Il glyphosate, one of the world's most widely used herbicides in agriculture, has devastating and dramatic effects on the health of people who are forced to live in contact with it. This time to support it is not aenvironmental organization or better yet, some agency headed by the World Health Organization. A reportage made by Pablo Ernesto Piovano, an Argentine photographer who in 2014 decided to document the condition of the population of his country who works or lives near the fields cultivated with GMO soybeans where massive doses of herbicides are used.
The human cost of pesticides
The report is called The cost of humano de los agrotóxicos, the human cost of pesticides, and was exhibited at the 2015 edition of Festival of ethical photography in Lodi. Piovano's photos are a complaint without appeal to Monsanto, the multinational that invented the GMO-Roundup combination, or the cultivation of genetically modified soy combined with the use of herbicide Roundup (to which soy is resistant) which contains glyphosate.
“This work was dictated by my love for nature. I worked to find evidence on this situation, spending endless days alone with my camera, traveling over six thousand kilometers on my twenty-year-old car, to make my contribution so that all this ends, "Piovano told Burn, the magazine dedicated to emerging photographers.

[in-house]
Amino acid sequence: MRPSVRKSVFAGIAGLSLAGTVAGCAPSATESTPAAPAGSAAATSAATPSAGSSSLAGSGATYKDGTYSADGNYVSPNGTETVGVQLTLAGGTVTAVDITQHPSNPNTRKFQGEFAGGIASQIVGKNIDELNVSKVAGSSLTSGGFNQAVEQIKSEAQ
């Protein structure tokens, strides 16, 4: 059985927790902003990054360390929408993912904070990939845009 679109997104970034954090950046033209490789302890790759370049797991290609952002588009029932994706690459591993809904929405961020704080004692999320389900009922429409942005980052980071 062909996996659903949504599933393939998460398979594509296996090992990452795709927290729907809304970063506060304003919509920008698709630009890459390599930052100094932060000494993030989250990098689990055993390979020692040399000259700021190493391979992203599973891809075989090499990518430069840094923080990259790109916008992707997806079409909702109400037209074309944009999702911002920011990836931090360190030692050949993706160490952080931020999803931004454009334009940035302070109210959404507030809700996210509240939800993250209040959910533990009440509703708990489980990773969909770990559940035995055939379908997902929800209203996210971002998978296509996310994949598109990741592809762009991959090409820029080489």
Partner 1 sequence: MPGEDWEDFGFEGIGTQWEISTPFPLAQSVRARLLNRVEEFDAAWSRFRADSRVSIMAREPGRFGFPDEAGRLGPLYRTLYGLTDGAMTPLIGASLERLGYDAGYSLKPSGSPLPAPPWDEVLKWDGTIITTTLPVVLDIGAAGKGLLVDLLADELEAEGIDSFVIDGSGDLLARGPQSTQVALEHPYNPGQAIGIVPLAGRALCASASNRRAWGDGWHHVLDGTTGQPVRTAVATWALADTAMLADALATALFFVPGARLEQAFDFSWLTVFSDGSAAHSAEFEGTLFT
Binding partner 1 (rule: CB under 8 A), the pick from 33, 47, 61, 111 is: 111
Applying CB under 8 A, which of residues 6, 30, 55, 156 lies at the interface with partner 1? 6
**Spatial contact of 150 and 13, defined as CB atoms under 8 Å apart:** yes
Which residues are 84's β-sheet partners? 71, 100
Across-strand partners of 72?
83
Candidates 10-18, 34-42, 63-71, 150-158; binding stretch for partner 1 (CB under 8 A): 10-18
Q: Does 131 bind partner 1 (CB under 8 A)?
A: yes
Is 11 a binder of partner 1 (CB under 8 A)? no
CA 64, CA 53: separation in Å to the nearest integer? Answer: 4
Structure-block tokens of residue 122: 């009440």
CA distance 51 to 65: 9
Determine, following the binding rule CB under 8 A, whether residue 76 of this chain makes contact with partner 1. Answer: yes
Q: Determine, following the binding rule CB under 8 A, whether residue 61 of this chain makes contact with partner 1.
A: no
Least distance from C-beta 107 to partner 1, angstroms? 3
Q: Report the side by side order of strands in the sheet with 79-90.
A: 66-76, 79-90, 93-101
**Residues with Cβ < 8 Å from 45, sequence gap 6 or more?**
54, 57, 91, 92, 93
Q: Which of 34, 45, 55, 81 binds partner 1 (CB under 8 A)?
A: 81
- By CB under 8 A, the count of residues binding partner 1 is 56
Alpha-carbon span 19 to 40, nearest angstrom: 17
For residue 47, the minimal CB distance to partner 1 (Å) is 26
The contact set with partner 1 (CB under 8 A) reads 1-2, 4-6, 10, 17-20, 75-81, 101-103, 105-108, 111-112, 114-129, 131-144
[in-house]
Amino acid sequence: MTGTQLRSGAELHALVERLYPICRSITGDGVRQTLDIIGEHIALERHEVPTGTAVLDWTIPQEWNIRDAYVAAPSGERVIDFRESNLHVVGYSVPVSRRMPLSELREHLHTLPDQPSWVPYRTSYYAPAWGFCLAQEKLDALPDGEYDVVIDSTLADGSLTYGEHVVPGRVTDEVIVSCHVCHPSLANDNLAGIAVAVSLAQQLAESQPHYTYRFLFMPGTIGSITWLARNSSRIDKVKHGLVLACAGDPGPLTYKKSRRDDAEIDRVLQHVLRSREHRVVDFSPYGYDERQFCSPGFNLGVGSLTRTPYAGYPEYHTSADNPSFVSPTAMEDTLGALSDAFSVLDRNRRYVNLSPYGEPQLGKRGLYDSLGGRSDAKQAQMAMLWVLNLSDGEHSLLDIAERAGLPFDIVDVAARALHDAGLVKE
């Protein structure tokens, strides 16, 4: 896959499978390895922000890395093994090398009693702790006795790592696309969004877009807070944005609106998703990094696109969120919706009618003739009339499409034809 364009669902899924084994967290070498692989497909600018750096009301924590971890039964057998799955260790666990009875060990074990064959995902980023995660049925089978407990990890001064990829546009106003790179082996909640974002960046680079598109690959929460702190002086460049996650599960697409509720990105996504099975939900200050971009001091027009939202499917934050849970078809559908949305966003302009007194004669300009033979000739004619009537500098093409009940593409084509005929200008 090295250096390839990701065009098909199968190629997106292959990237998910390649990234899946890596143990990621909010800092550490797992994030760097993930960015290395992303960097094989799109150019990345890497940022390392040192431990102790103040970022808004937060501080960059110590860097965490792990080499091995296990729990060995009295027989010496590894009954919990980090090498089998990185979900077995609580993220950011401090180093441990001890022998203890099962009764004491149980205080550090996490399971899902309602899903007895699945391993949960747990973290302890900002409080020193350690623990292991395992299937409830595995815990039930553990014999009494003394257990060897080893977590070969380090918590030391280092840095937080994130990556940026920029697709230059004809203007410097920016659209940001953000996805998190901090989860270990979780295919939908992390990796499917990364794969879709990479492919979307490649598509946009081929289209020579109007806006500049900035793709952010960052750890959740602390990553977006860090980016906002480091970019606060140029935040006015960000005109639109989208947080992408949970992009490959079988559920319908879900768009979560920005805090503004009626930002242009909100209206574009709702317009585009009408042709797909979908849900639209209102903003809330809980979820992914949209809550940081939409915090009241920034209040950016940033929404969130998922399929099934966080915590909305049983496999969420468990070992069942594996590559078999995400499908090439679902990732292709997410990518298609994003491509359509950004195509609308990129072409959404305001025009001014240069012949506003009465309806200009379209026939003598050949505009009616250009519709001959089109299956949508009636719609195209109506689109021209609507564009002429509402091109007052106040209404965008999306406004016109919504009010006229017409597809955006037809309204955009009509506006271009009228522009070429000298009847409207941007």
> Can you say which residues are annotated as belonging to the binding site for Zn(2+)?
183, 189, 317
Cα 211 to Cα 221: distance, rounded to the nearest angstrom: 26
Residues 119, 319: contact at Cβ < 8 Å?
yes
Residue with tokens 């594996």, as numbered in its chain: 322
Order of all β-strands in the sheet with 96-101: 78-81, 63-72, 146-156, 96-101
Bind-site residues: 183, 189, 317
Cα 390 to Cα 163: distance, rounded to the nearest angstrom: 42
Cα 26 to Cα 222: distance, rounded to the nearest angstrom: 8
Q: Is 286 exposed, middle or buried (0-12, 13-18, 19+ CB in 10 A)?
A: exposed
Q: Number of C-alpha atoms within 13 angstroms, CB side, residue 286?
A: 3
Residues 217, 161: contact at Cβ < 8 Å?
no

A brief history of glyphosate
The history of glyphosate begins in the fifties, but its commercialization with the name of Roundup by the Monsanto it started in 1974 in the United States as a tool to free agricultural fields from weeds. Then the thing "got out of hand" when the glyphosate started to pair with the genetically modified cereals to resist the pesticide. Today it is marketed all over the world and the patent has expired almost everywhere, including Italy where it is one of the best-selling plant protection products. In Europe there are fourteen companies that produce it.
The choice of Argentina
The Argentine drama began in 1996 when the government decided to approve the cultivation and marketing of transgenic soybeans and the use of glyphosate without conducting any internal investigation, but basing its decision only on research published by Monsanto - as reported by Piovano on Burn. Since then, the land cultivated with GMOs has covered 60 percent of the total and in 2012 alone 370 million liters of pesticides were sprayed on 21 million hectares of land. In those same lands, cases of cancer in children have tripled in ten years, while cases of malformations found in infants have increased by 400 percent. To say the least, the cases of skin diseases and respiratory problems found for no apparent reason in young people as in adults are incalculable.
A third of Argentines suffer from glyphosate
A recent survey, again according to what reported by Burn, calculated that 13,4 million Argentines (one third of the total population) suffered the negative effects of glyphosate. In the face of all this, Argentina has made no decision to block this drama, nor has it commissioned new studies to understand what is happening to the population. Indeed, today in Argentina there are 22 of the 90 million hectares of GMO soybeans in the world, according to the German weekly Die Zeit.